Britain's Best Brands

LONDON -- These days, consumers seem to be fixated on brands more than ever before. Brands inspire loyalty, a willingness to pay a higher price, and are freely promoted across social media by cohorts of fans and ambassadors.

Investors have increasingly come to recognize brand power and its ability to drive a company's growth, margins, and profits.

The Interbrand group, which has been studying the value of brands for some years, recently released its 13th annual Best Global Brands report. I'm going to tell you about the leading brands in the U.K. retail section, then about the only two UK-listed companies that make it into the global top 100.

Tesco (ISE: TSCO.L)
Interbrand rates Tesco as the U.K.'s No. 1 retail brand. It's no surprise to me, and I don't suppose it is to you, to find the FTSE 100 supermarket giant at the top of Interbrand's list.

Love it or hate it, Tesco is a brand superpower. The company has a 31% share of the U.K. grocery market, streets ahead of second-place Asda, whose share is 17.5%. Moreover, one pound in every eight spent across the full gamut of U.K. retailers goes into Tesco's tills.

After a shock profit warning in January, Tesco's shares are currently trading at 308 pence -- just 9.4 times forecast earnings for the year ending February 2013, and with a dividend yield of 4.8%. Those are fairly compelling numbers for a best-in-class brand, although as I wrote in a recent article, the recovery from the profit warning could be longer and rougher than many investors are bargaining for.

Marks & Spencer (ISE: MKS.L)
I was quite surprised to see Marks & Spencer ranked at No. 2 by Interbrand. Then again, perhaps I shouldn't have been. This high-street icon is widely perceived to be something of a national treasure -- as British as Buckingham Palace, James Bond, or fish and chips.

Nevertheless, M&S' business performance has waxed and waned over the decades with periods when the company has failed to leverage the strength of its brand. The "Your M&S" campaigns of recent years seem to have reinvigorated the brand and the business is doing pretty well in the prevailing tough retail environment.

M&S' shares have lately been trading at a 52-week high of 391 pence -- which is 11.6 times forecast earnings for the year ending March 2013. The prospective dividend yield is 4.4%. So, the U.K.'s No. 2 retail brand is on a markedly higher earnings rating and slightly lower yield than the nation's No. 1 brand.

Next (ISE: NXT.L)
The third and fourth companies on Interbrand's list -- Boots and Asda -- are not public companies listed on the London stock exchange, which brings us to fifth-placed Next. The clothing retailer's ranking is quite an achievement, as the company is a relative newcomer to the high street, having opened its first women's clothing store in 1982.

Next performed robustly through the 2008-2009 recession, seeing only a modest dip in earnings before resuming an upward profit trajectory. Another healthy earnings increase is expected for the year ending January 2013.

The market currently rates Next more highly than both Tesco and M&S. The shares are trading at 3,617 pence, or 13.2 times this year's forecast earnings, while the yield is a modest 2.8%.

Shell (ISE: RDSB.L)
Moving from Interbrand's top U.K. retailers to its elite list of the 100 best global brands, Royal Dutch Shell is one of only two companies on the London stock exchange to make the grade.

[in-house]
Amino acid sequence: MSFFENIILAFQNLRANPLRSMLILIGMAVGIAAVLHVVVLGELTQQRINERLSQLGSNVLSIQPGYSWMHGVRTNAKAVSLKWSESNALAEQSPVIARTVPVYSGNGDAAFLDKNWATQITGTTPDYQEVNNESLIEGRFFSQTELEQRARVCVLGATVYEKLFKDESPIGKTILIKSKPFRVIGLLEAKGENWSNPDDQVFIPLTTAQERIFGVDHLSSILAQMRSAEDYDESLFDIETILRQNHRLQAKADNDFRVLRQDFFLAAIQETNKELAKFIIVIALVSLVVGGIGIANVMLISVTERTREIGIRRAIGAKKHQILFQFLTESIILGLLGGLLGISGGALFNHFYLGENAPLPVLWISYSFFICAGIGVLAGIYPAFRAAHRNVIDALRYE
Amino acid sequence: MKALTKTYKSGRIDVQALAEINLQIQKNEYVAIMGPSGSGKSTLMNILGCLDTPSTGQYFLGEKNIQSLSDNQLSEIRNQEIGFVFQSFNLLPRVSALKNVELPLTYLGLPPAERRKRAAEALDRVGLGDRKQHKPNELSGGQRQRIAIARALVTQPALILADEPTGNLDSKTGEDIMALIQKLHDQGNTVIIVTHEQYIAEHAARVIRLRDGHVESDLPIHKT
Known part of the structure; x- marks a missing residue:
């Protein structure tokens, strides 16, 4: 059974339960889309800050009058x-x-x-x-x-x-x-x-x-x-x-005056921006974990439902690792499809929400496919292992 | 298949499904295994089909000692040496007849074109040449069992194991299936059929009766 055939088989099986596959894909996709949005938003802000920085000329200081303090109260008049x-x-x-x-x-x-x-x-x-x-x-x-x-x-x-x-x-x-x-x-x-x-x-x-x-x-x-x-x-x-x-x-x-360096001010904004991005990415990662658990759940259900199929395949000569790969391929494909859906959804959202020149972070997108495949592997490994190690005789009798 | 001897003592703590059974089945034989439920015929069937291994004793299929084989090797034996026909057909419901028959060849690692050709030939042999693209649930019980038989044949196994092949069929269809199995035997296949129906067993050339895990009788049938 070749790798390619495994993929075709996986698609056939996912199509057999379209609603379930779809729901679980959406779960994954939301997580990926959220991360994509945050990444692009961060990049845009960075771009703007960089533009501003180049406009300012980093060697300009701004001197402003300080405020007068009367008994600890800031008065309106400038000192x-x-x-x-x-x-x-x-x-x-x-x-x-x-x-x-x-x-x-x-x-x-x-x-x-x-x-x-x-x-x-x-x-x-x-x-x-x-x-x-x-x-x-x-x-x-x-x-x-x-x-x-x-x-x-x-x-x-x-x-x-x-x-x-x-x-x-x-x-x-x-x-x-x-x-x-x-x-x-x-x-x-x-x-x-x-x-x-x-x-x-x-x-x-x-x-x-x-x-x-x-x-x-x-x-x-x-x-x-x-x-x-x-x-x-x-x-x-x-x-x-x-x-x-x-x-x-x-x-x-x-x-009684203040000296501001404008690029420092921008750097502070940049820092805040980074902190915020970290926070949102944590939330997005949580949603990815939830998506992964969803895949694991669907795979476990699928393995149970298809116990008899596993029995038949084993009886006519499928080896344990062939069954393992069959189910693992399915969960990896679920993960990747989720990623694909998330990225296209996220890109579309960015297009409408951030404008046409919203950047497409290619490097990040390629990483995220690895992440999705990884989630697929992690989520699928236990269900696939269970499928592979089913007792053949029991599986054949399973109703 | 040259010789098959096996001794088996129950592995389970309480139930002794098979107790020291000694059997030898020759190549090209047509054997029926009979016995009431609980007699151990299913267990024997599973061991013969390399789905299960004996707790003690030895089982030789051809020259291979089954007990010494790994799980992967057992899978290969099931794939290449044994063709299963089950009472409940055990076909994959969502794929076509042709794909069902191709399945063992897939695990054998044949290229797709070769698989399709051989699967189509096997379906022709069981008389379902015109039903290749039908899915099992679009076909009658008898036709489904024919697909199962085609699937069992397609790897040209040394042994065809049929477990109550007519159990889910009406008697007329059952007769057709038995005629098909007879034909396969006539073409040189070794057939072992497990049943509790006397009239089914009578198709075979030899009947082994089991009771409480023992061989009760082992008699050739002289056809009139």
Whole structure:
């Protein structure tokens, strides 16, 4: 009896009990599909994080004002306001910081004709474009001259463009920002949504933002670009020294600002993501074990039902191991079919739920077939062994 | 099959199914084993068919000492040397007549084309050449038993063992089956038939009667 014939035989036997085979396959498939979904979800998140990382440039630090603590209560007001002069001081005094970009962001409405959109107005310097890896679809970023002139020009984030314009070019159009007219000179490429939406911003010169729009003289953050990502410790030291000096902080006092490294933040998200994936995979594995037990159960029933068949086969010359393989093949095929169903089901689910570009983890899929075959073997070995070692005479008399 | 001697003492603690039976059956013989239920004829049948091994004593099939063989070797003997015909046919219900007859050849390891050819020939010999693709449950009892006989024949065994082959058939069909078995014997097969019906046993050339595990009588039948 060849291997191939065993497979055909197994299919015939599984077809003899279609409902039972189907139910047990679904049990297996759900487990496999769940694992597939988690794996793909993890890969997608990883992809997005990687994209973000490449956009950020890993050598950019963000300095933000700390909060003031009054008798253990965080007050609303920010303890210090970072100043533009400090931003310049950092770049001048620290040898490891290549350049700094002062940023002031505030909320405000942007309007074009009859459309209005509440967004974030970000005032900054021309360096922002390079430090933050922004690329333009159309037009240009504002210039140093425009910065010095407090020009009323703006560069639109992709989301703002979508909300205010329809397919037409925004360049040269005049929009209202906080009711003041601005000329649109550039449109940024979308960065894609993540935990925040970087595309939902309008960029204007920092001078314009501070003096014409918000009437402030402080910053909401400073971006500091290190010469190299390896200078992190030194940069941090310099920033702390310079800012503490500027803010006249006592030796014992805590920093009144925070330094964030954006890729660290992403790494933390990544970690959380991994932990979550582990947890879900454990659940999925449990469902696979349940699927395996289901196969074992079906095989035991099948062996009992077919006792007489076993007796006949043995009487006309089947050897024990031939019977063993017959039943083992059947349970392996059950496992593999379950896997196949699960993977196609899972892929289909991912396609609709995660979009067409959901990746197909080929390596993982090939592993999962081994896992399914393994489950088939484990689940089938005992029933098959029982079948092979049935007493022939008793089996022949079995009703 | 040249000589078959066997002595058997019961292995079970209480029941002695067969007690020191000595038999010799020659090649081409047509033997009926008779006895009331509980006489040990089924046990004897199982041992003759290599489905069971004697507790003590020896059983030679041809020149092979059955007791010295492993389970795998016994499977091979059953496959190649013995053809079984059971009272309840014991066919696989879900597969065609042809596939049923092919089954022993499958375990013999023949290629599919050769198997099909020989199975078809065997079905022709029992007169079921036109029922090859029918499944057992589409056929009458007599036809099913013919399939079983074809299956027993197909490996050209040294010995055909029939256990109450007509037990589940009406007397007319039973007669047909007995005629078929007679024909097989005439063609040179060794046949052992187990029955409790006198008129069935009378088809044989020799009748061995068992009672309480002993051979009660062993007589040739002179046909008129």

U.S. giants Coca-Cola, Apple, and IBM lead the list, while Anglo-Dutch Shell ranks at number 75. Shell's share price is barely changed from a year ago as weaker oil and gas prices have offset the company's increased upstream volumes and improved refining margins.

At 2,218 pence, the shares are trading on a lowly 8.4 times forecast earnings for the year ending this December, falling to 7.9 for 2013. The prospective yield of 5% is well above the market average.

Burberry (ISE: BRBY.L)
Luxury fashion house Burberry ranks at number 82 within Interbrand's top 100. The icon of British style has been proving a big hit in Asia and with Asian visitors to Britain in recent times, helping drive double-digit earnings growth for the past three years.

Burberry's credentials as a high-growth company saw the market push its shares close to 1,600 pence earlier this year. However, in a trading update in September, Burberry said it expected profits for the year ending March 2013 to be at the lower end of market expectations, sending the shares down as low as 1,000 pence.

Following a more recent update, Burberry's shares have recovered to 1,164 pence, which equates to 17.5 times forecast earnings. The prospective dividend yield is well below the market average at just 2.4%. Investors who were greedy when others were fearful and bought into Burberry at around 1,000 pence will be patting themselves on the back today.

Pick of the brands
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The article Britain's Best Brands originally appeared on

G. A. Chester does not own any shares mentioned in this article. The Motley Fool owns shares of International Business Machines, Tesco, Apple, and Coca-Cola. The Fool has stock on Apple.Motley Fool newsletter serviceshave recommended buying shares of Coca-Cola and Apple.Motley Fool newsletter serviceshave recommended creating a synthetic long position in International Business Machines.Motley Fool newsletter serviceshave recommended creating a bull call spread position in Apple. The Motley Fool has adisclosure policy.
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